If you’re growing white cauliflowers, bear in mind that they will need to be “blanched” or covered to prevent color from developing. This is what gives the cream colored varieties their color.
Additionally, blanched cauliflowers are much sweeter (and better looking!) than their natural yellowish-brown counterparts.
Start blanching the heads when the plant reaches the size of a large egg. Ensure that the plants are fully dry, so that no rotting occurs. You can traditionally blanch the cauliflowers by folding the larger leaves over the head and tucking/securing them.
Use a rock to keep the leaves in place, or tie them to hold them in place, but ensure that you’re not tying or securing them too tightly—you need to block the light but allow enough room for the head’s expansion.
Once you’ve done this, keep checking under the leaves so that no nasty pest surprises await you and try to keep the leaves as dry as possible.
For a non-traditional blanch, all you have to do is cover the cauliflower with an old jug, bucket, or any container. If all this sounds like too much work, just grow a colored cauliflower—not only do these not require blanching, but they’re also tastier!
When to Harvest Cauliflowers
Cauliflowers can take between 2 to 3 months to mature, depending on the variety. Ensure that whichever variety you do pick matures in your area’s climate, since the heads won’t form in the warmth and the plants can only handle light frosts.
Therefore, for a short fall or spring, pick a variety that matures fast. If you’re blessed with late or mild winters, you have the option of growing a variety that takes its time to mature. Generally, in cold climates, sowing transplants in mid or late summer, with a fall harvest, works well.
Harvest your cauliflowers when the buds are still tight and the heads are at the desired size. Don’t wait till the flowers open. This is the final step of the how to grow cauliflower guide that maximizes the quality of your crop.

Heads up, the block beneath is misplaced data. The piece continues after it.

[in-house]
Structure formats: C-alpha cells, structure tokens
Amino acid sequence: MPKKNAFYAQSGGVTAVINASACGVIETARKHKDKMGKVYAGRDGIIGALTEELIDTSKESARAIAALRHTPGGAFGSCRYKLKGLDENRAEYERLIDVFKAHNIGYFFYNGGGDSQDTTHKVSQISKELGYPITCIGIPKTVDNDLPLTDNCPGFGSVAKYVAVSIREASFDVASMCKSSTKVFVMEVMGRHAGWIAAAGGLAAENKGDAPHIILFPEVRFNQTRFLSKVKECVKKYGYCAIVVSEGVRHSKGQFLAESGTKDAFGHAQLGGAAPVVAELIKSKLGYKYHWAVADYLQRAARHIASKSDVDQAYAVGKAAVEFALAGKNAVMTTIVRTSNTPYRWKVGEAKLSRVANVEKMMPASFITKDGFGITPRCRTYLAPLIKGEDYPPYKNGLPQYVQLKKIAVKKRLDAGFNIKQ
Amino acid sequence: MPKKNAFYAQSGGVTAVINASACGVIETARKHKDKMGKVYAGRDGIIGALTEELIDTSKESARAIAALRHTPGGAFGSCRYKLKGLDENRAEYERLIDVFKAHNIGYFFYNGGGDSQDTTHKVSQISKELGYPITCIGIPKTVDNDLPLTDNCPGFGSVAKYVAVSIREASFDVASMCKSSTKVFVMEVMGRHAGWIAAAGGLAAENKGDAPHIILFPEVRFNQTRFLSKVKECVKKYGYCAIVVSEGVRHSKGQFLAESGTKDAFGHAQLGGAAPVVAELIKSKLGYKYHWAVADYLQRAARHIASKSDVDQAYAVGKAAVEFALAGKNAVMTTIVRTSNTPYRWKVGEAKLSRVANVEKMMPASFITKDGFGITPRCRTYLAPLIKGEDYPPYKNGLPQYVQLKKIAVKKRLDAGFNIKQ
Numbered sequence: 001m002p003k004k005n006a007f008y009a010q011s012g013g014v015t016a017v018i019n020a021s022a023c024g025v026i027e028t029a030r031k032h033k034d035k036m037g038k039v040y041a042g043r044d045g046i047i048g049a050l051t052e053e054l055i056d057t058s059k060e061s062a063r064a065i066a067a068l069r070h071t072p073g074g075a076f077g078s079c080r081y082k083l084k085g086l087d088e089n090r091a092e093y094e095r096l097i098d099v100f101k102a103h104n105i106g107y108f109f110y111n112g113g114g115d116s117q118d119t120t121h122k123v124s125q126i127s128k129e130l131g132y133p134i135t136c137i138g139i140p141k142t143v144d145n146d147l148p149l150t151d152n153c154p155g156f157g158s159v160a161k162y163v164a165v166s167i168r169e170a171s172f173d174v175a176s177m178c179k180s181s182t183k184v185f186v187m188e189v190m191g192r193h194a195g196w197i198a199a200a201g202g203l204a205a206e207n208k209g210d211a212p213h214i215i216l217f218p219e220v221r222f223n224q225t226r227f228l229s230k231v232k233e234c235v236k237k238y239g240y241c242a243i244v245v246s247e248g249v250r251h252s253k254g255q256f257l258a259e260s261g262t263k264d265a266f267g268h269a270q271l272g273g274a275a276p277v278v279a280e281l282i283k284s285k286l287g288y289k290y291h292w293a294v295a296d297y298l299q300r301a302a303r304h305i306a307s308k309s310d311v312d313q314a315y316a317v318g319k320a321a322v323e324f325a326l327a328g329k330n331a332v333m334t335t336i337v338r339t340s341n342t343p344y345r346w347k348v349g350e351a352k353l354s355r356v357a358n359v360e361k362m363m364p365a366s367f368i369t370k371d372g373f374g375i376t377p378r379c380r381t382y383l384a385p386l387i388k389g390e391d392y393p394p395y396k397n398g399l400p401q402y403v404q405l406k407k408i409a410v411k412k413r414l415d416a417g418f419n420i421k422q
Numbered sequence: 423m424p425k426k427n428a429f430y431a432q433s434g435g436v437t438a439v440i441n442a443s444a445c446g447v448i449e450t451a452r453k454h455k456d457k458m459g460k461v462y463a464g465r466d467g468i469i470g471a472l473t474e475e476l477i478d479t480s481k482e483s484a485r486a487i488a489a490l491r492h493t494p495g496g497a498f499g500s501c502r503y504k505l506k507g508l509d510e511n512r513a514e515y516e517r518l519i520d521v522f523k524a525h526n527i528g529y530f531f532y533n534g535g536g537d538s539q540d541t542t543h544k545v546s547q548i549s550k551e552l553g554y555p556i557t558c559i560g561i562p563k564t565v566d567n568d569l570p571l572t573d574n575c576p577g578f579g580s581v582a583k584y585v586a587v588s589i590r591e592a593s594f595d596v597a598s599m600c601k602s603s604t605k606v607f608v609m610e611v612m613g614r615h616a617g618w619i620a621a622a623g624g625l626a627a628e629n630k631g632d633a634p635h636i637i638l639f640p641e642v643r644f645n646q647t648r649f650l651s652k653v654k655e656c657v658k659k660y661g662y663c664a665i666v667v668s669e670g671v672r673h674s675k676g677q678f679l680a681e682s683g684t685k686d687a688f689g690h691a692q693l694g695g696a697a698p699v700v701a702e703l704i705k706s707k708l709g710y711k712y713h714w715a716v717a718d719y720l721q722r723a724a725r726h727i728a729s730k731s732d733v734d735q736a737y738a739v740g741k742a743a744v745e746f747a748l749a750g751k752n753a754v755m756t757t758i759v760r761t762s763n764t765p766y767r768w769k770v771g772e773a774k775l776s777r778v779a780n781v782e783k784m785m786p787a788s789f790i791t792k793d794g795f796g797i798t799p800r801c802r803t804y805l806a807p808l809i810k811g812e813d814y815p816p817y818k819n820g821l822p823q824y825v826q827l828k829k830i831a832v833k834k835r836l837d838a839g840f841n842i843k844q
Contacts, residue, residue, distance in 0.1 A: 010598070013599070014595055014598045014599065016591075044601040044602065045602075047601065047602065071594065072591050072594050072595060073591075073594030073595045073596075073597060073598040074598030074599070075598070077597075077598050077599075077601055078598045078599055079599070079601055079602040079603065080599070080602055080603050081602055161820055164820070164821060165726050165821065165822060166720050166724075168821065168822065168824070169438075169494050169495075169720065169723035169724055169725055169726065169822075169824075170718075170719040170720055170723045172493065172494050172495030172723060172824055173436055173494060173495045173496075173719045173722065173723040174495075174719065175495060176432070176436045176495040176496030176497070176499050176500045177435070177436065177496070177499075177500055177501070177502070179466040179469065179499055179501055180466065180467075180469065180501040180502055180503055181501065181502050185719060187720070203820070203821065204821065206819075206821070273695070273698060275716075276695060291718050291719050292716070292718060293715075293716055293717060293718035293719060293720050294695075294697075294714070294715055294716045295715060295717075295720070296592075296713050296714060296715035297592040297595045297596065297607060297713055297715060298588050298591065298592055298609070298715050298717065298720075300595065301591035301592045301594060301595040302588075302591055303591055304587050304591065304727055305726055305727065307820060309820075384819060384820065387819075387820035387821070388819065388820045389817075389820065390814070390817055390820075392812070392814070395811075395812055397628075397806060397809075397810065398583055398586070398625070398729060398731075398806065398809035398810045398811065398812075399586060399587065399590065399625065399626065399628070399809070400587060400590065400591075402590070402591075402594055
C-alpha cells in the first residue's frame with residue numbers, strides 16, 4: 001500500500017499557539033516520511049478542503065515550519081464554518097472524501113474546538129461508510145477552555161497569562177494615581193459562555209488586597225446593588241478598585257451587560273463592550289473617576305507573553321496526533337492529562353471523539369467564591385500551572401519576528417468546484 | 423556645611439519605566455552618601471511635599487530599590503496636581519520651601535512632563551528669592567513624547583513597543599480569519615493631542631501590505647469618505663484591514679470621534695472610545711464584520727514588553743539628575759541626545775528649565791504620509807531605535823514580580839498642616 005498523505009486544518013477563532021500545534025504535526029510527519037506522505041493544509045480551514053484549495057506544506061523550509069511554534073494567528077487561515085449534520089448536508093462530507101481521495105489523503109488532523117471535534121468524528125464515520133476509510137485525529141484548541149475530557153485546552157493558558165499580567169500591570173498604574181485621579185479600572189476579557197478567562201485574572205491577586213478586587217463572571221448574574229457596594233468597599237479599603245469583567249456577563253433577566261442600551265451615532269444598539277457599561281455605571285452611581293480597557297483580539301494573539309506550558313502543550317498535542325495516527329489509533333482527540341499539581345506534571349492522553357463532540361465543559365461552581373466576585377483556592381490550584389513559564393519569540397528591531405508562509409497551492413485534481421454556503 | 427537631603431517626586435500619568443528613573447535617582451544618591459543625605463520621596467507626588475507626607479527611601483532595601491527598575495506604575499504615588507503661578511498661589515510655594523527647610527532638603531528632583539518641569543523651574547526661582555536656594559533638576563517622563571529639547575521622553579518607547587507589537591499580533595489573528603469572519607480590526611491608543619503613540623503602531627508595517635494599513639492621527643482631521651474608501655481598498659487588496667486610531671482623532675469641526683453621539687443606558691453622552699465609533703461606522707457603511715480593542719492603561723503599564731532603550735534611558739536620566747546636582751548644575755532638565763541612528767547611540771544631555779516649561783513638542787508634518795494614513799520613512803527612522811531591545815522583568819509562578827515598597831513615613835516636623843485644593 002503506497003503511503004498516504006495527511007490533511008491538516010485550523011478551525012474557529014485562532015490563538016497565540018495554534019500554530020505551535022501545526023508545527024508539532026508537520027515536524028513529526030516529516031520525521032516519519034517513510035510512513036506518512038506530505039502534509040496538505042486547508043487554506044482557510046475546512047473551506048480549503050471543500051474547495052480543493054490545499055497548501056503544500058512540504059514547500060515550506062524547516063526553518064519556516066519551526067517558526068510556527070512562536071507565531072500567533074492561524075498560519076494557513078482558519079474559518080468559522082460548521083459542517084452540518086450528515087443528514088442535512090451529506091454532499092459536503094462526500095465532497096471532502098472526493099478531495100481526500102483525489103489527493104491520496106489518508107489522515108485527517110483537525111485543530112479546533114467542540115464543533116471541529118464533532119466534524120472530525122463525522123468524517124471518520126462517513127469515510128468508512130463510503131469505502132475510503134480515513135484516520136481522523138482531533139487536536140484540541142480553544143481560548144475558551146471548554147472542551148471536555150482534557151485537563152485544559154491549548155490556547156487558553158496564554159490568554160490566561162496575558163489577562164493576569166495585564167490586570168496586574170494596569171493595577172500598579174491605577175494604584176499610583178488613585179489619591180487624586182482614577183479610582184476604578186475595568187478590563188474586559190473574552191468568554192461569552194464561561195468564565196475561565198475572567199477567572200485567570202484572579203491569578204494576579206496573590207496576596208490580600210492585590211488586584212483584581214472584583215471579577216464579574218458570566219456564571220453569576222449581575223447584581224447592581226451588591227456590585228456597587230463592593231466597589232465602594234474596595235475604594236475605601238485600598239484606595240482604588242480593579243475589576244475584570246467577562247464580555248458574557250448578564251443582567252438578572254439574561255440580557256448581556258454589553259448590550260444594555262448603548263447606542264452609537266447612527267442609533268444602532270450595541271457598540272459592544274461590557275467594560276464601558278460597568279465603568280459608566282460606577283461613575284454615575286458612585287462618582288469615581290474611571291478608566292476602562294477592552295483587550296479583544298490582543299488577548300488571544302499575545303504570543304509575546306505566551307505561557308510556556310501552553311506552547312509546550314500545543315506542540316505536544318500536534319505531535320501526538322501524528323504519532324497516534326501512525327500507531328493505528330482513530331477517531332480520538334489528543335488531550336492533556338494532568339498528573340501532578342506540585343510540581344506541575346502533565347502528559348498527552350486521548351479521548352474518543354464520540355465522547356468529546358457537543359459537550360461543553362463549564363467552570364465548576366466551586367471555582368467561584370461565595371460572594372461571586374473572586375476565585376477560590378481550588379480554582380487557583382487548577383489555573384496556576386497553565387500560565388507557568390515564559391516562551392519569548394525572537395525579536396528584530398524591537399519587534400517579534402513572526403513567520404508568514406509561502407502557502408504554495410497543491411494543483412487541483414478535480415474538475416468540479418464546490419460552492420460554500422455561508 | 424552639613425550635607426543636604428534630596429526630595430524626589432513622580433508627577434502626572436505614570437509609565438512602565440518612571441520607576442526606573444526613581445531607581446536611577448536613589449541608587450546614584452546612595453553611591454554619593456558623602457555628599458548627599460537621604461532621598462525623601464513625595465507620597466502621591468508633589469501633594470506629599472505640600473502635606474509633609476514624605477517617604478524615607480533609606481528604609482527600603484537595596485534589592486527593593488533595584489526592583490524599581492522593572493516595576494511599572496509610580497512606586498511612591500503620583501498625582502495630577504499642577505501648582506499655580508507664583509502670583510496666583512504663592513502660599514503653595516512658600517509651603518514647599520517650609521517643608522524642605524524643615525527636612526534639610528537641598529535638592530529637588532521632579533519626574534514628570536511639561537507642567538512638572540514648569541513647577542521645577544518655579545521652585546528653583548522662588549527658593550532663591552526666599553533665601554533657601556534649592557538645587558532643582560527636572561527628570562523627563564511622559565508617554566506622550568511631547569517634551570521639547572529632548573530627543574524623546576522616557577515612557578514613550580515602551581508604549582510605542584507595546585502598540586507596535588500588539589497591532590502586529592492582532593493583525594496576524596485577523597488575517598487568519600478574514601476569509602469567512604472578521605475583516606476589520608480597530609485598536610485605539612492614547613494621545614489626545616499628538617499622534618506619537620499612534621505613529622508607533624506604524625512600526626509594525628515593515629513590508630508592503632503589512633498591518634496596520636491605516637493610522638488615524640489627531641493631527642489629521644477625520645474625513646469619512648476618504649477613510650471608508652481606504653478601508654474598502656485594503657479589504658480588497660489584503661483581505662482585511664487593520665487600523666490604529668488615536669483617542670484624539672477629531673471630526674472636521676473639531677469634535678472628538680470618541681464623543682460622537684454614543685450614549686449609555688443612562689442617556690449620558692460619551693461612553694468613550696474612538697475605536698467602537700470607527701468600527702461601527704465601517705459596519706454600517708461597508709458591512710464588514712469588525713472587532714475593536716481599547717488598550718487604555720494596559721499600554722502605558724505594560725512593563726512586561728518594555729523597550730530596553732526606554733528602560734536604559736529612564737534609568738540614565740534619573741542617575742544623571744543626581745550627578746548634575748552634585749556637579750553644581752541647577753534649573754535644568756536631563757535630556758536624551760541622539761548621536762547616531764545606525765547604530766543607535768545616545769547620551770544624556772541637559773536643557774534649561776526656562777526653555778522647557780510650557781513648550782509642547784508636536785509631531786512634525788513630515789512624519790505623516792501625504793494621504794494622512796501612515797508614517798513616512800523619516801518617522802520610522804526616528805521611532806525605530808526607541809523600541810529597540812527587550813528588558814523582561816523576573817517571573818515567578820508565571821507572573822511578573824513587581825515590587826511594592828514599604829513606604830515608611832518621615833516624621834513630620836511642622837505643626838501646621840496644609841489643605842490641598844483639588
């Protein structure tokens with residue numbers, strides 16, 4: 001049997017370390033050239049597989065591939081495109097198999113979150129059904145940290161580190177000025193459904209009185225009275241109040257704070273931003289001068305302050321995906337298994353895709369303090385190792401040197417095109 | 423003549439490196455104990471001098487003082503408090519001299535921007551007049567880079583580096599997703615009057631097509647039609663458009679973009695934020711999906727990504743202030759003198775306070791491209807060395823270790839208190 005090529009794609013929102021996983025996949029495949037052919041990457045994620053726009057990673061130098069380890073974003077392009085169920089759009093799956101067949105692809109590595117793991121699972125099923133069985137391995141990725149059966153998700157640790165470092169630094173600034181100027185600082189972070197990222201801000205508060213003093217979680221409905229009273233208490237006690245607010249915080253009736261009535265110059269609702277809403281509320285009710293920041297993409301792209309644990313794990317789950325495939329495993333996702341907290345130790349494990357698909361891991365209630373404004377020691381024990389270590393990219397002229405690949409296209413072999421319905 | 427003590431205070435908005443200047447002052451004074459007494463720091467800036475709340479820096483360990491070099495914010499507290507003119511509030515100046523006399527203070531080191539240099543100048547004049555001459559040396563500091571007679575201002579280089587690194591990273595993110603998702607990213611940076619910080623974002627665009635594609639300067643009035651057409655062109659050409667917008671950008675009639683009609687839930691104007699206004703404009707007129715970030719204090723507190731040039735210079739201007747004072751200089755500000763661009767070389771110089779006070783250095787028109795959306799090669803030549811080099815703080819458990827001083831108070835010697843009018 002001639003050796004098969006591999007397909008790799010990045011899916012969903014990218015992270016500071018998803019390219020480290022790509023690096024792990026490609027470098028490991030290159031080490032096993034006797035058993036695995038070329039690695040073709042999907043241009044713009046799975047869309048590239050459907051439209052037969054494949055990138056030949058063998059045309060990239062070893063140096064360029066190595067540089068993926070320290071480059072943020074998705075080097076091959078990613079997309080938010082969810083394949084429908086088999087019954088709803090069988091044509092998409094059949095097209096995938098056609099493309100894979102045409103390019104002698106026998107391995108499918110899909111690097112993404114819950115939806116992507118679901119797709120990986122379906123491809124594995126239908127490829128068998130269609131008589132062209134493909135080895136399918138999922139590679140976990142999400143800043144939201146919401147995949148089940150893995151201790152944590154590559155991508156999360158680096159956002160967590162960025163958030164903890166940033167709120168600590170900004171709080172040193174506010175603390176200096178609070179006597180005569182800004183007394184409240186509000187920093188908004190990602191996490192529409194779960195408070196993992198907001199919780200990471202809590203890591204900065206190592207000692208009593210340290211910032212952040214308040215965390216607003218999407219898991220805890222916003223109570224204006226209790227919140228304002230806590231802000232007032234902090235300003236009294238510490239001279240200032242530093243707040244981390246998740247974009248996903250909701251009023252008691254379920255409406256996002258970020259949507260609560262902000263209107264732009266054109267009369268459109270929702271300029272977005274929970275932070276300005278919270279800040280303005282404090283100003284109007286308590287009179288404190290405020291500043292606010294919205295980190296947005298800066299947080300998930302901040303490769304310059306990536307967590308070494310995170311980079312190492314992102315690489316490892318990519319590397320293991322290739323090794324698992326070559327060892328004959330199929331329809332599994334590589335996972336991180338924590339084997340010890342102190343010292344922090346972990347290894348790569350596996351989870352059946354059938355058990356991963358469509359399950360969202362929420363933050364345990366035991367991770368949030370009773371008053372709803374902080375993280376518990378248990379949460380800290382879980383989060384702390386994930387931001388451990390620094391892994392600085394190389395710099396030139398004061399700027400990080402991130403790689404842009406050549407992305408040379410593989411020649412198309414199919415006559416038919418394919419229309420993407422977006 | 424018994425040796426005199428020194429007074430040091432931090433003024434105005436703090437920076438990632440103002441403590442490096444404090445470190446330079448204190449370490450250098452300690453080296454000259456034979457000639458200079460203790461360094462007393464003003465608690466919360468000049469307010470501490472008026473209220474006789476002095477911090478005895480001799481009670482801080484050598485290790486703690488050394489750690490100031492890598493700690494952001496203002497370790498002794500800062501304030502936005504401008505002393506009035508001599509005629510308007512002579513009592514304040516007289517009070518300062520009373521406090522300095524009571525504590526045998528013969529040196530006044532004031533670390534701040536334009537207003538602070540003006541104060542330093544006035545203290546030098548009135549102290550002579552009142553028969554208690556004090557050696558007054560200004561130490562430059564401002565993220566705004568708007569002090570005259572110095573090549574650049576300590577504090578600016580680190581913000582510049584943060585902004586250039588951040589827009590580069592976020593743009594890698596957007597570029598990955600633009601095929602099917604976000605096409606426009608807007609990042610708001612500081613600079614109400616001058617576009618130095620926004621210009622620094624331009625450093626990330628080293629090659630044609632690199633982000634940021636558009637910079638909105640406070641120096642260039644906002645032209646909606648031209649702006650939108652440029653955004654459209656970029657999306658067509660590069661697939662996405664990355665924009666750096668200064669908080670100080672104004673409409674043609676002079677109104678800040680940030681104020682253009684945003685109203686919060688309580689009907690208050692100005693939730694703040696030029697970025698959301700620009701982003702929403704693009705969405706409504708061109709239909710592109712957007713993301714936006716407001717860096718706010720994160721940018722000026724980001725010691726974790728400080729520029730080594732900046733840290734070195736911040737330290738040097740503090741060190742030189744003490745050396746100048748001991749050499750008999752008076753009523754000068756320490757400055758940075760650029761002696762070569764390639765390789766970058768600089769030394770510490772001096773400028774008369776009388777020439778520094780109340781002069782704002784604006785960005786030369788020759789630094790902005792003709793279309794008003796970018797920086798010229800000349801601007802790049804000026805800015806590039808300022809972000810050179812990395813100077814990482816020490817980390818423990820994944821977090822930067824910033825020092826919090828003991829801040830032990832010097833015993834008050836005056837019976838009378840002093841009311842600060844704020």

Additionally, you can freeze the cauliflowers after harvesting them at maturity and store them for later use, or lift the whole plant—roots, stem and all—and store it in a cool, dry place.
Cauliflower Pest & Disease Problems
As with any plant, cauliflowers, too, have their share of pest problems. Cauliflowers, sadly, are vulnerable to the usual pest suspects, including cabbage worms among other types of worms, maggots, and loopers. Young plants also attract flea beetles and aphids, especially in the spring.
Another pest that cauliflowers attract—groundhogs! A fence or cage around your garden will help keep these away.
Apart from these pests, cauliflowers are also susceptible to black rot, clubroot, and blackleg, among other diseases—you can prevent this by cleaning all debris at the season’s end and not planting cole crops in the same place continuously over the years.
Leaf-tip dieback and distortion are also common problems that kelp seaweed fertilizer can solve.
That's How to Grow Cauliflower!
Cauliflowers require some care and love while growing, but are definitely worth the result. If you don’t want to put all your eggs in one basket, you can grow cauliflowers with celery, all types of beets, onions, herbs and potatoes; avoid tomatoes, strawberries and pole beans.
Additionally, if you want to save seeds, leave some of your crops unharvested over the winter, protecting them sufficiently from the cold.
Keep our how to grow cauliflower guide in mind and you’ll be an expert farmer in no time!